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aba

Even the dog goes to hide during a rage...

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I'm not in any way making light of the situation, because we have been in tears for much of the past few months as DD's symptoms seem to intensify. But it struck me as sickly humorous when I noticed that our dog will go hide when she gets really bad with the raging, screaming, etc... An ANIMAL even notices that this behavior is not normal and is scared of a little girl :(:( :(.

 

Sometimes you laugh to keep from crying (and totally losing it!).... Anyone else have anecdotes that only parents here would understand??

Edited by aba

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You have a great attitude and made me smile. Thanks. Speaking of pets, service animals (or pets that assume that role) can be very calming to anxious children. One of our dogs served this role beautifully and basically didn't leave our boy's side when he was at his worst. I'll bet this isn't uncommon.

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Thanks :).

 

Sad thing is, each time this happens, the dog does try to comfort her (because normally they are buddies :)) but when she is raging, she pushes the dog away and yells at her :(:(.

 

Which, by the way, she basically does to us as well.

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I think there must be something to the time of year....perhaps the constant exposure if not actually sick themselves, but it seems that everybodies child whom is prone to these kinds of problems has simultaneously fallen off the apple cart.

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funny you should post this, because my dd is in a flair, and our dog has been cowering and hiding in the crate just recently when she's having behaviors, which he never did before, even when things were really bad last year..... (what she's going through now is nothing compared to last year, and this is new for the dog!)

 

hang in there-- it will get better. I was in tears almost every day last year. I sometimes tear up now just thinking about how awful it was.....but sometimes I almost forget too ;) be strong and go hide with your pup for a few minutes if you need to- it's okay, I do it sometimes myself.

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Ha, well...we have four dogs...and they go slinking off, ears dow and tails tucked whn when DD17 goes into a rage. I really feel sorry for them because it doesn't fit into their scope of understanding.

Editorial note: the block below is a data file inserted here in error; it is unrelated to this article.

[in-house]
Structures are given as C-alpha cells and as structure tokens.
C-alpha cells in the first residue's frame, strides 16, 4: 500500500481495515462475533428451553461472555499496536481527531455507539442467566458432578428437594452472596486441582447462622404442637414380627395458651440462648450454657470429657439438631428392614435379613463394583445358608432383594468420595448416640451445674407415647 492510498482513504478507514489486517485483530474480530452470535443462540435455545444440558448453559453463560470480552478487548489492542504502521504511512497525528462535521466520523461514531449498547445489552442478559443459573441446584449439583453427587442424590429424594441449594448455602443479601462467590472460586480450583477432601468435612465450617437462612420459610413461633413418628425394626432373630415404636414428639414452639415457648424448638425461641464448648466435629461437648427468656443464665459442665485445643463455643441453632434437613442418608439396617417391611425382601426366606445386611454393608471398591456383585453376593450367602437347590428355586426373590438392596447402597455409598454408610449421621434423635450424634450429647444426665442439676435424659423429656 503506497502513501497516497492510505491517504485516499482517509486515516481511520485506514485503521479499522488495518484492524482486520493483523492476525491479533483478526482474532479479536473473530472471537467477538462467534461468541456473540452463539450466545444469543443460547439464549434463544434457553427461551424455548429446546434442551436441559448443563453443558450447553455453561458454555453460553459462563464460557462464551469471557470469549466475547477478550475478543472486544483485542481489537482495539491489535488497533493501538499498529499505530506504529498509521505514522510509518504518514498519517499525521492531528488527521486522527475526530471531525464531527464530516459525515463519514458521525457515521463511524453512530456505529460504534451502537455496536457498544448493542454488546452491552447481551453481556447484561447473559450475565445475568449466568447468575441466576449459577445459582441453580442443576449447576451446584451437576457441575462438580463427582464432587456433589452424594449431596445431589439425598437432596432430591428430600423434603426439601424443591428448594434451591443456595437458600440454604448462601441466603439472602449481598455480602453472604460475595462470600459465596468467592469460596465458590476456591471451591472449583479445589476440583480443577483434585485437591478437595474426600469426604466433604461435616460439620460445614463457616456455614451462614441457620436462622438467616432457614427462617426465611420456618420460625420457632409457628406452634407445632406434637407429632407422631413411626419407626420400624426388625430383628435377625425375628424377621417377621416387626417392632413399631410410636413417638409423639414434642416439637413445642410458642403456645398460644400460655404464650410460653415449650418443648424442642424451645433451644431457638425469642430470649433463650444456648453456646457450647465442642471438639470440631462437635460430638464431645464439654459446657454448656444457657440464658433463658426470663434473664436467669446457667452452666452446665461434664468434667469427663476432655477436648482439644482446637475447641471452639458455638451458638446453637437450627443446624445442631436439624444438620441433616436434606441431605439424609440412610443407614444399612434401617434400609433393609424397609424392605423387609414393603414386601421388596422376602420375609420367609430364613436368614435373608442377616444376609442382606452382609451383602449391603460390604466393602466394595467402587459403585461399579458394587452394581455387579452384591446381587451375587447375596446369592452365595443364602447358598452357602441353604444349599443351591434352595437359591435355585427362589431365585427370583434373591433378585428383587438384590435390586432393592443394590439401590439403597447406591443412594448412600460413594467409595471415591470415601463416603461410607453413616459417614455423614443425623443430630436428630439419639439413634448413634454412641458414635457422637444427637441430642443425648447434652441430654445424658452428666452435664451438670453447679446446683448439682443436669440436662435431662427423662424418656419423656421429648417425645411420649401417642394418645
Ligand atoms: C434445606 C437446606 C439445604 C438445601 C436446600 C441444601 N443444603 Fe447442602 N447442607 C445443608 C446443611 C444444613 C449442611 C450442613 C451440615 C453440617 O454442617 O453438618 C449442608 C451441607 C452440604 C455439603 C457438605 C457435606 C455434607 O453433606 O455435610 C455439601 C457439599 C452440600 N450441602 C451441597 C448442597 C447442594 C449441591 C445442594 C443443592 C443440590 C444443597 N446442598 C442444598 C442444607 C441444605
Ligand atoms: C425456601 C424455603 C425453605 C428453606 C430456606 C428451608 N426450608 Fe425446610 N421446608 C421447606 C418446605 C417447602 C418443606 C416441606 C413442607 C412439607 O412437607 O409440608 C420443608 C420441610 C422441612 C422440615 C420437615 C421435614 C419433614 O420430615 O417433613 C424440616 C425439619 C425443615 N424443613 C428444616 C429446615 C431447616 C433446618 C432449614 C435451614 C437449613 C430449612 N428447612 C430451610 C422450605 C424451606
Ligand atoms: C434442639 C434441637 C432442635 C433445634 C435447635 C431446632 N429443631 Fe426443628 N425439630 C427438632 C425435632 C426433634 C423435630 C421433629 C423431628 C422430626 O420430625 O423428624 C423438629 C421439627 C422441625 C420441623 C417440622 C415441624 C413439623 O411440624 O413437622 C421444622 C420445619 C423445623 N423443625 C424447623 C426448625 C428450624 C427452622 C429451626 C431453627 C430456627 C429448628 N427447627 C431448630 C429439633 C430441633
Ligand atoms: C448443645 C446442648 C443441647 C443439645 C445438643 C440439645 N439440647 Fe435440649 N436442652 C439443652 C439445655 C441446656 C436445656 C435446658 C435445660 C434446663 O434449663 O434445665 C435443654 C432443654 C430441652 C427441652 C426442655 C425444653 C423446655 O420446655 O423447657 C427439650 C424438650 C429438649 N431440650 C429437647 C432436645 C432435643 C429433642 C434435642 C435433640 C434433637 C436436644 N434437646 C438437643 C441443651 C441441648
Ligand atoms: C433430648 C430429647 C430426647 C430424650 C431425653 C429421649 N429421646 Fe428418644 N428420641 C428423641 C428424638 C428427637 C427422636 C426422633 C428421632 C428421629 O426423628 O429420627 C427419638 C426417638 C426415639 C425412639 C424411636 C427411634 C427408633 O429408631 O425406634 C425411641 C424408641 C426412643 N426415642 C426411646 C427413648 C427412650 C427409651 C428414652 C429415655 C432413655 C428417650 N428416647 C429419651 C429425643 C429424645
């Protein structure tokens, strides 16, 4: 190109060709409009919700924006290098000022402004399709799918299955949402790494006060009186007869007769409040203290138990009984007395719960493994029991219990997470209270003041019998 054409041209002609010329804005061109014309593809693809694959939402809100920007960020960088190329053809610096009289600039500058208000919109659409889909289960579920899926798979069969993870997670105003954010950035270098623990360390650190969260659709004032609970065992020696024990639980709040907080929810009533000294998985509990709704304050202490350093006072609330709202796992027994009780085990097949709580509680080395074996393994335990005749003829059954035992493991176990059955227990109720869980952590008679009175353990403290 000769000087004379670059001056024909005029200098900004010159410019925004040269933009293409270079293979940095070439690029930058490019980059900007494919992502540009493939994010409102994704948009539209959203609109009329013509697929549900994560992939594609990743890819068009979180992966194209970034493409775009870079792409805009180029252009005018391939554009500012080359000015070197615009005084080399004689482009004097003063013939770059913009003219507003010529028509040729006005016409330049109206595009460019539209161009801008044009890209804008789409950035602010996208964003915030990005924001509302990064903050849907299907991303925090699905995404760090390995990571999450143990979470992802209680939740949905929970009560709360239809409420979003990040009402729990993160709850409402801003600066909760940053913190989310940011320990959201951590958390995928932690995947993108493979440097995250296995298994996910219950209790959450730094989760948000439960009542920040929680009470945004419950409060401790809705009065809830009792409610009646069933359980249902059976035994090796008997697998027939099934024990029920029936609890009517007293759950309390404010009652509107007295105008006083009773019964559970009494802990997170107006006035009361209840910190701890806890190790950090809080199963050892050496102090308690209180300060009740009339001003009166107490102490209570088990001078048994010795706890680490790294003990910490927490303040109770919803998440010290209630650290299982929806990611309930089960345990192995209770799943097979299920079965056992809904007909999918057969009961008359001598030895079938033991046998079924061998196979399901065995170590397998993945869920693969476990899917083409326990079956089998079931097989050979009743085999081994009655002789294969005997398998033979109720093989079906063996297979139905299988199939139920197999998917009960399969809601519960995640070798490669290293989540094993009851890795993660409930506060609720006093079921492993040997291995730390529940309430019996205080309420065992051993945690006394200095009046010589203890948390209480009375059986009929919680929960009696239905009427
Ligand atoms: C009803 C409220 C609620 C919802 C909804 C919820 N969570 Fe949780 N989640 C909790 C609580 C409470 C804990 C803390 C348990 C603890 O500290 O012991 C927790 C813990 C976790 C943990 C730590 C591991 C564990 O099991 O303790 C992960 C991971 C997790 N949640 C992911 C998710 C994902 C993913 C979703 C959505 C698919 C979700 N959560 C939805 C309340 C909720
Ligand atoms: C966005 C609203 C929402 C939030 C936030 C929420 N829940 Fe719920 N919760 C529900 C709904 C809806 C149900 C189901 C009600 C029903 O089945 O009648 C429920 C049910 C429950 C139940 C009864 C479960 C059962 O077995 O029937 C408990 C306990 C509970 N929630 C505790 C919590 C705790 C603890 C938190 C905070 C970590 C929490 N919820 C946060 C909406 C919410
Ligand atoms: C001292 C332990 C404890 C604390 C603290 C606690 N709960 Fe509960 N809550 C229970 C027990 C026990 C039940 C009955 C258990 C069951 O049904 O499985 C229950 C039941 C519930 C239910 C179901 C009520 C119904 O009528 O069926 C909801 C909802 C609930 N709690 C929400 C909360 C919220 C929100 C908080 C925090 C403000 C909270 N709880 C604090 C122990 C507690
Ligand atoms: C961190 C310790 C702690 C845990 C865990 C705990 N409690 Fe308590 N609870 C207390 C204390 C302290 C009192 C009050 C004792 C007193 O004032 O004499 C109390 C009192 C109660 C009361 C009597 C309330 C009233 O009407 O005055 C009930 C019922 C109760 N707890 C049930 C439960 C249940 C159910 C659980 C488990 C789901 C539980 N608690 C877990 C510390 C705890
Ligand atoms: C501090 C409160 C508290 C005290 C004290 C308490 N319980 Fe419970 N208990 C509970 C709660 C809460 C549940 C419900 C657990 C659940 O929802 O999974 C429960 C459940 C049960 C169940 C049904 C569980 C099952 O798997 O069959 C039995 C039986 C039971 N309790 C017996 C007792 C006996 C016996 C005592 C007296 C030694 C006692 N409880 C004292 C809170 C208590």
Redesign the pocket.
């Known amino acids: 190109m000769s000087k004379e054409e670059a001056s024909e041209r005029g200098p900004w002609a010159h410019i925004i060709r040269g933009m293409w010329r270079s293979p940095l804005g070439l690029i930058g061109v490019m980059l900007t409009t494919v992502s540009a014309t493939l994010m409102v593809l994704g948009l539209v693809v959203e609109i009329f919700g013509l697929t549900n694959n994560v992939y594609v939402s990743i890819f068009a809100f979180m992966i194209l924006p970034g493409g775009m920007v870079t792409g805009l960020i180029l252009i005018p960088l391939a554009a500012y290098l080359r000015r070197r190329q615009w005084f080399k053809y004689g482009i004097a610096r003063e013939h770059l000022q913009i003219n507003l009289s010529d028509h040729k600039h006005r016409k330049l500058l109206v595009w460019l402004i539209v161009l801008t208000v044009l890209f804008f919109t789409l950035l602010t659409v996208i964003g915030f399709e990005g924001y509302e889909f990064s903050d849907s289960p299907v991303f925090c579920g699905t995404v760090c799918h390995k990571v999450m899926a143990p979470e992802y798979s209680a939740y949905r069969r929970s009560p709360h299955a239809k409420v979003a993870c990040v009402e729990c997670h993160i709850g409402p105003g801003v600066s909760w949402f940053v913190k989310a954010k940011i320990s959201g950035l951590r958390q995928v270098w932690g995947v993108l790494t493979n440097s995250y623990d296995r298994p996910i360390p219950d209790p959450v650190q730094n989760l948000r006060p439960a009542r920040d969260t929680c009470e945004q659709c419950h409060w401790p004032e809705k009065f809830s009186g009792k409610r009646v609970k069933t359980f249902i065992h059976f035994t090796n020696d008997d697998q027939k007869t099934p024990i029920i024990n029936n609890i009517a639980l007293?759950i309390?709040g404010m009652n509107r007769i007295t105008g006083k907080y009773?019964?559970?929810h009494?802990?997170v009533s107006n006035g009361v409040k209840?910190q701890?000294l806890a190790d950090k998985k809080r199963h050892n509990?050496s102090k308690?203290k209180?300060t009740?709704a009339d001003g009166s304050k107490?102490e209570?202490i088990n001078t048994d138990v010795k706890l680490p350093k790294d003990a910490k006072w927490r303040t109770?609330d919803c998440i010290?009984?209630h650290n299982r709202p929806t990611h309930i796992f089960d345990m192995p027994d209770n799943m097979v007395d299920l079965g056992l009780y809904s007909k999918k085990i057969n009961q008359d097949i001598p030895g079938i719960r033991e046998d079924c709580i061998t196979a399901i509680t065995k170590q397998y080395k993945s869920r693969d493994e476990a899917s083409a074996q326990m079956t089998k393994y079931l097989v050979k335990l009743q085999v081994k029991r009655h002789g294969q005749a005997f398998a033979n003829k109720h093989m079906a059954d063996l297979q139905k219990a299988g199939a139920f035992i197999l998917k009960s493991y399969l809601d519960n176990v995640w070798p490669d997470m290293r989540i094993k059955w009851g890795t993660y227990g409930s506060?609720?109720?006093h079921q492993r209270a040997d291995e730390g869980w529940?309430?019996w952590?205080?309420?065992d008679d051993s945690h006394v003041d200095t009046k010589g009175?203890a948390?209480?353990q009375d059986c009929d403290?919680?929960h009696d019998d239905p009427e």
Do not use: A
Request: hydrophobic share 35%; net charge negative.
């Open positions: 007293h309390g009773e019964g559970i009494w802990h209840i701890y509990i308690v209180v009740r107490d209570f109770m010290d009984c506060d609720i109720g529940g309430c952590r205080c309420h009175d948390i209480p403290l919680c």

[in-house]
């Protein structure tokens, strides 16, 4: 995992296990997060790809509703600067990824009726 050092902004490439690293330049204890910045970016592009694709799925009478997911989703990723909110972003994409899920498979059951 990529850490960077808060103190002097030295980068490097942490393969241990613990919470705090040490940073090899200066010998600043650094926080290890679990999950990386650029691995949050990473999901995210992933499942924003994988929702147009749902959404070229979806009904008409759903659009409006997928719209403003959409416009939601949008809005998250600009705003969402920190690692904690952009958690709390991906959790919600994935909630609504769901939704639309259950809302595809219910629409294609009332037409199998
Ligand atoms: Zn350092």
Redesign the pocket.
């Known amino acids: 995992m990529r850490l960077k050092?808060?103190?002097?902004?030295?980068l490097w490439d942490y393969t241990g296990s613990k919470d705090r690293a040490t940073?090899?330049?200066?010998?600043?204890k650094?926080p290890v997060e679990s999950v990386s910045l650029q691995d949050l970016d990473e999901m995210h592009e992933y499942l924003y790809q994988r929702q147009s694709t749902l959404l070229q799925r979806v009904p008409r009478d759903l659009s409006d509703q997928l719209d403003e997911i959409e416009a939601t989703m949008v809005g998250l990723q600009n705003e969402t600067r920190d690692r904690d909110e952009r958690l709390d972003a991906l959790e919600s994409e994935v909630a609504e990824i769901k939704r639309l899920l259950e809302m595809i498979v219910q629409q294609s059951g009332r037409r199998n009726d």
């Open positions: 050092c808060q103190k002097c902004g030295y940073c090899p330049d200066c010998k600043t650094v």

The one thing I have to suggest..and it's the first thing we always do...is to put our dogs in a room with the door closed as soon as things start to ramp up. My fear is that DD might hit, kick or knock one aside in a rage (180 degrees from her healthy state of wanting to be a vet) ...or in a really bad situation the dogs might try come to my defense since they consider me to be alpha or mom.

 

We never thought our children could rage like this....and I am sure we could never imagine our sweet dogs biting a child....

 

But this is some kind of strange parallel universe. :unsure:

Edited by surfmom

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beerae22 -- Thanks for the encouragement. All the success stories on this board give me hope that one day these horrid days will be just a very bad memory.

 

surfmom -- I have used the exact term "parallel universe" to describe this. And it really is -- people who don't deal with it have no idea is even exists!

 

And we have also considered the dog thing -- dogs are animals after all and they all have their limit and we would hate for something bad to happen. We are glad the dog "takes the high road" and knows when to leave her alone. And it's so sweet to see them together again after the storm passes. Even she seems glad to have her back :).

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One thing I learned about dd's rage is focus. We found just giving her paper to tear helped. She has been in a rage and grabs on to something dangerous or breakable her grip is like a vice. She grabbed hold of her dog once and luckily we were able to get his leg out of that grip. Her brother got on the wrong side of her rage and was thrown across the room. Dd's dog is in another room under the bed at any sign of rage but the are good buddies. He helps her anxiety and gets her out of the house for walks. Rage doesn't know who you are. You have to become a mat (d) ador with focus on some tag else.

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Our dog is almost the same weight as kiddo and he is a blessing. Kiddo has never raged at any living thing (thankfully).

 

Our dog has the temperament of a service dog and I have on more than one occasion considered schooling him for such, but the need is not great enough. He gravitates towards her and she swears he makes her feel at least some better no matter how bad she is feeling. If she gets "the upsets" and he is outside, she usually asks for him stating he makes her feel better. Then when he comes in, he sleeps right at her feet 95% of the time. Whether she is feeling bad or not, he wants to stay in her room while she unwinds for bed, and while she goes to sleep (then I sneak him out so he does wake her in the middle of the night).

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